Ref ID: 08LONDON1163
Date: 4/24/2008 14:56
Origin: Embassy London
Header: VZCZCXRO7089PP RUEHDEDE RUEHLO #1163/01 1151456ZNY CCCCC ZZHP 241456Z APR 08FM AMEMBASSY LONDONTO RUEHC/SECSTATE WASHDC PRIORITY 8369INFO RUEHAK/AMEMBASSY ANKARA 0814RUEHAH/AMEMBASSY ASHGABAT 0178RUEHGB/AMEMBASSY BAGHDAD 0617RUEHKB/AMEMBASSY BAKU 0209RUEHRL/AMEMBASSY BERLIN 2643RUEHSW/AMEMBASSY BERN 0535RUEHBUL/AMEMBASSY KABUL 0666RUEHFR/AMEMBASSY PARIS 3182RUEHVI/AMEMBASSY VIENNA 0810RUEHDE/AMCONSUL DUBAI 0247RUEHIT/AMCONSUL ISTANBUL 0174RUCNDT/USMISSION USUN NEW YORK 1160
C O N F I D E N T I A L SECTION 01 OF 04 LONDON 001163 SIPDIS NOFORN SIPDIS E.O. 12958: DECL: 04/21/2018 TAGS: PREL, KDEM, KPAO, PHUM, IR, UK SUBJECT: IRAN: DEMOCRACY SMALL GRANTS PROPOSALS RECOMMENDED FOR FUNDING REF: A. A) STATE 33385 AND PREVIOUS B. B) EMB LONDON (GAYLE)-NEA/IR(COBERLY) EMAILS AND TELCONS APRIL 9 C. C) EMB LONDON (GAYLE)-NEA/IR(COBERLY) EMAIL APRIL 24 Classified By: Political Minister Counselor Maura Connelly for reasons 1.4 (b) and (d)
1. (C/NF) Summary: Per Department guidance for the Iran Democracy Small Grants program (refs a and b), Embassy London supports and forwards for Department review, and approval and funding, six project proposals submitted to Iran Watcher (Poloff) by Iranian contacts in the UK. Per Department guidance in refs a and b on post vetting process, Embassy Public Affairs section has cleared this cable. All project applications use the Department-generated application form for the Small Grants program, and all are bundled (ref c) for Department’s formal review.
2.(C/NF) Summary con’t: Proposals from Durham University and the UK-based media NGO, The Institute for War and Peace Reporting (IWPR), (both outlined at paras. 4-9 below) include extensive exchanges with Iranian media, academic, civil society and clerical sectors. These proposals are likely to attract broad participation from individuals and NGOs in Iran, in some part due to the political cover among contacts within Iran which Durham has apparently been able to generate. USG approval and support, rapidly provided, even if at funding levels somewhat below those requested, is likely to encourage Durham to make further innovative proposals of possible interest to USG. Some Durham proposals exceed normal caps for one program, but lend themselves, if Department agrees they should be supported, to treatment as multiple proposals which individually would fit within single project spending limits, as Department authorities have indicated may be feasible in appropriate cases under the Democracy Small Grants Program.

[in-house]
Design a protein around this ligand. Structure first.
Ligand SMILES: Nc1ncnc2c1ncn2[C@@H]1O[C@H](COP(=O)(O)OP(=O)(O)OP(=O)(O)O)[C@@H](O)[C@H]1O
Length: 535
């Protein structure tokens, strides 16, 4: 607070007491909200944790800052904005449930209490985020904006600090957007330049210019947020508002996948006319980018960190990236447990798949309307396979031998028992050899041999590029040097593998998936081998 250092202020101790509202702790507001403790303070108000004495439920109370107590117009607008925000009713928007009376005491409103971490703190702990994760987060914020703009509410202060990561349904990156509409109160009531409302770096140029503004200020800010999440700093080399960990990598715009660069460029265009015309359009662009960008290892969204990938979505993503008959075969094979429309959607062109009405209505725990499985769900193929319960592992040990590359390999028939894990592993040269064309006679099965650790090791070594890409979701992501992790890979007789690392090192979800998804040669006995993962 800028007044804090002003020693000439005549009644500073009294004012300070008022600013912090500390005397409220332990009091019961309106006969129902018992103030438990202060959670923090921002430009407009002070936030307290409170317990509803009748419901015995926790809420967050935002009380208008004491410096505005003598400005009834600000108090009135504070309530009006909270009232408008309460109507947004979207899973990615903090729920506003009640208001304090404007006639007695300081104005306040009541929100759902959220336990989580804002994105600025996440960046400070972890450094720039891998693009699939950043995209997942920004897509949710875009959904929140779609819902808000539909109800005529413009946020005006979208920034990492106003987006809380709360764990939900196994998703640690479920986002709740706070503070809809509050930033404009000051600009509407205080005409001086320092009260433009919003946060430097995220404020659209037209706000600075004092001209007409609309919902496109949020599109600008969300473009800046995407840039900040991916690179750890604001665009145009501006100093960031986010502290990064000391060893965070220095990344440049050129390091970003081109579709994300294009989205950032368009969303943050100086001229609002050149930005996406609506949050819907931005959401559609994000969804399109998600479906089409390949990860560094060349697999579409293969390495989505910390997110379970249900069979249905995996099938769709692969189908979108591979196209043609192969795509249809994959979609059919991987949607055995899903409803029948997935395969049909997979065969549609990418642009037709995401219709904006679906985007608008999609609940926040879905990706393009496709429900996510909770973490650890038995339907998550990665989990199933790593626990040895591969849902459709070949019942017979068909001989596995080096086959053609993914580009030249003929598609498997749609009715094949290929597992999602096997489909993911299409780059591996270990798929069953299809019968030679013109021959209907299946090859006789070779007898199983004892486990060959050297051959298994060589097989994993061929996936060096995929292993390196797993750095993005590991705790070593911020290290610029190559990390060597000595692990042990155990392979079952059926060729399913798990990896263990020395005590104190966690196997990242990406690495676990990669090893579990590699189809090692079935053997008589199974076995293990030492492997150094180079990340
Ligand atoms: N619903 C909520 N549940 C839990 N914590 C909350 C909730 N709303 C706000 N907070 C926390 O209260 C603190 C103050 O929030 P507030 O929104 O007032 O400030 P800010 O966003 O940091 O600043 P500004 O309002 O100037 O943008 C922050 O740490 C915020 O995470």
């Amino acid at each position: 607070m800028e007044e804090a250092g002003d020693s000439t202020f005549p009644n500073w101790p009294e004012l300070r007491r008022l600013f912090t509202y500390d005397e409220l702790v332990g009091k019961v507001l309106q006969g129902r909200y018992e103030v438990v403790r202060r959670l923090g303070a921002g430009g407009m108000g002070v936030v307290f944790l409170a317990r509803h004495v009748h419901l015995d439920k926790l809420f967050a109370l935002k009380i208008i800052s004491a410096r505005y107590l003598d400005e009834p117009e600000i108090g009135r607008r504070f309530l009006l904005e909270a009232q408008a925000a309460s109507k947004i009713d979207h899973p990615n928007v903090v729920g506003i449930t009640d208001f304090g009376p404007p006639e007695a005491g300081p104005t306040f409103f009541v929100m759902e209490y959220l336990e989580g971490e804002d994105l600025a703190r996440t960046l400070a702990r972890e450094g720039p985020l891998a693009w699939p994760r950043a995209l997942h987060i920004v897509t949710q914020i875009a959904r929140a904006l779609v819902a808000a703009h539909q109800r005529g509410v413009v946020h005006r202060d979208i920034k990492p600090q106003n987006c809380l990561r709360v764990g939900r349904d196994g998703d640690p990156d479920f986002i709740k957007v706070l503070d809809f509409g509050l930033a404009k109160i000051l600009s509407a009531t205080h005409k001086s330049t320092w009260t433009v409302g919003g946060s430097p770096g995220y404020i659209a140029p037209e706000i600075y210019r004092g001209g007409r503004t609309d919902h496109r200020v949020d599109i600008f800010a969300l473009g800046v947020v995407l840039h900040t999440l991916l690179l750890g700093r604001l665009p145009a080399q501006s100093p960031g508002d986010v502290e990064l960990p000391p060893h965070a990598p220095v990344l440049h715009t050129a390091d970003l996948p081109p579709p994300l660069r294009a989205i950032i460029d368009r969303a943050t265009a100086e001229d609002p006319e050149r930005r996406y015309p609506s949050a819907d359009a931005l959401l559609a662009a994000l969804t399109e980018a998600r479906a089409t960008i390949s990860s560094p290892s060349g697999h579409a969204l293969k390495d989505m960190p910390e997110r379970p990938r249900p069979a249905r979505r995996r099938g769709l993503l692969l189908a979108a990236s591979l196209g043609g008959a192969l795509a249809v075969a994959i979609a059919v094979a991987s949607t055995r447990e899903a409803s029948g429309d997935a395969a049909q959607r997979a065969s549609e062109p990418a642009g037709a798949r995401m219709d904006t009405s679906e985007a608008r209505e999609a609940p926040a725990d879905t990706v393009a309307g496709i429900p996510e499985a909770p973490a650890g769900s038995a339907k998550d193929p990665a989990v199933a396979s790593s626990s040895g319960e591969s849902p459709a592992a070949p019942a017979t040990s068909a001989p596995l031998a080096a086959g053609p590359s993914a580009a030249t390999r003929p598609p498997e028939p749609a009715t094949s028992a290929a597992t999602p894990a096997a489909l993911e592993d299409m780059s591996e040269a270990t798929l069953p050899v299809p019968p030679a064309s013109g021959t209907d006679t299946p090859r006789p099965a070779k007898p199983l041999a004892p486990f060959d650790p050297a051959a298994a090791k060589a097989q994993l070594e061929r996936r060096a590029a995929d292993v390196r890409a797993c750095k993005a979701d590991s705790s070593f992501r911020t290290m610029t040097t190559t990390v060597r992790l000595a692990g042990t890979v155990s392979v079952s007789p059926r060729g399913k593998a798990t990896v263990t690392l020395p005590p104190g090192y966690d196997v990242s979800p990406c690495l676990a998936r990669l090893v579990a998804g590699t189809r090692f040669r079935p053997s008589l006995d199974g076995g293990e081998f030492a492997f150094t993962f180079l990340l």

3. (C/NF) Summary con’t: Embassy also recommends a proposal by the Confederation of Iranian Students (CIS) (paras. 13-14), which appears, despite the controversial profile among some Iran expatriates of one CIS leader, ********, to have generated at grassroots level a small but authentic network of Iranian and Iranian expatriate students, connected to students in Iran and genuinely interested in civil society engagement and non-violent reform. Again, even partial funding is likely to encourage further work and proposals consistent with Department goals. End Summary.
Durham University and IWPR ————————–
4. (C/NF) The most promising and detailed applications are from Durham University’s **********, a former participant in the International Visitor Leadership Program (IVLP) and a key Embassy London contact. ********* is also known to Department, having arranged multiple outreach activities both at the UK’s Durham University and at IWPR (ref b), a UK-based NGO which had not previously done Iran-related work and which has already been receiving unrelated funding from Department’s Democracy and Human Rights Bureau. ********* is active at both IWPR and at Durham University, and has submitted five separate proposals, discussed below, on behalf of both IWPR and Durham University. The proposals on behalf of the two different institutions are in principle unconnected, with *********’s role being the only link between them. As a practical matter, there will be significant cooperation and coordination between IWPR and the university, much of it apparent in the details below. (Embassy comment: As ******** tends to compartmentalize his work, it is possible portions of his proposals on behalf of IWPR may have been separately submitted to Department. End comment.)
Durham Workshops: Women’s NGOs —————————— LONDON 00001163 002 OF 004
5. (C/NF) One very strong ********/Durham University proposal (requesting $75,000 funding; six months in duration), under the auspices of Durham University’s School of Governmental Affairs, headed by Poloff contact ********, is for a workshop, entitled “Forum to Discuss Iranian NGOs Concerning Women Advocacy.” The workshop’s purpose would be to build links between NGOs inside Iran and their UK-U.S. counterparts for training, networking, knowledge-sharing and increased public awareness, with a goal of joint cooperation between Iran and U.S. universities and NGOs working to empower women. This project focused on womens’ NGOs, in addition to being under the auspices of Durham’s School of Governmental Affairs, would also be overseen by ********, Durham University political economist who specializes in “Feminism and Development.” “Project milestones” would include strengthening links between Iranian and Western women’s NGOs and “production of a conclusive text agreed by Iranian participants” to promote mutual awareness, cooperation, and coordinated effort among NGOs in Iran.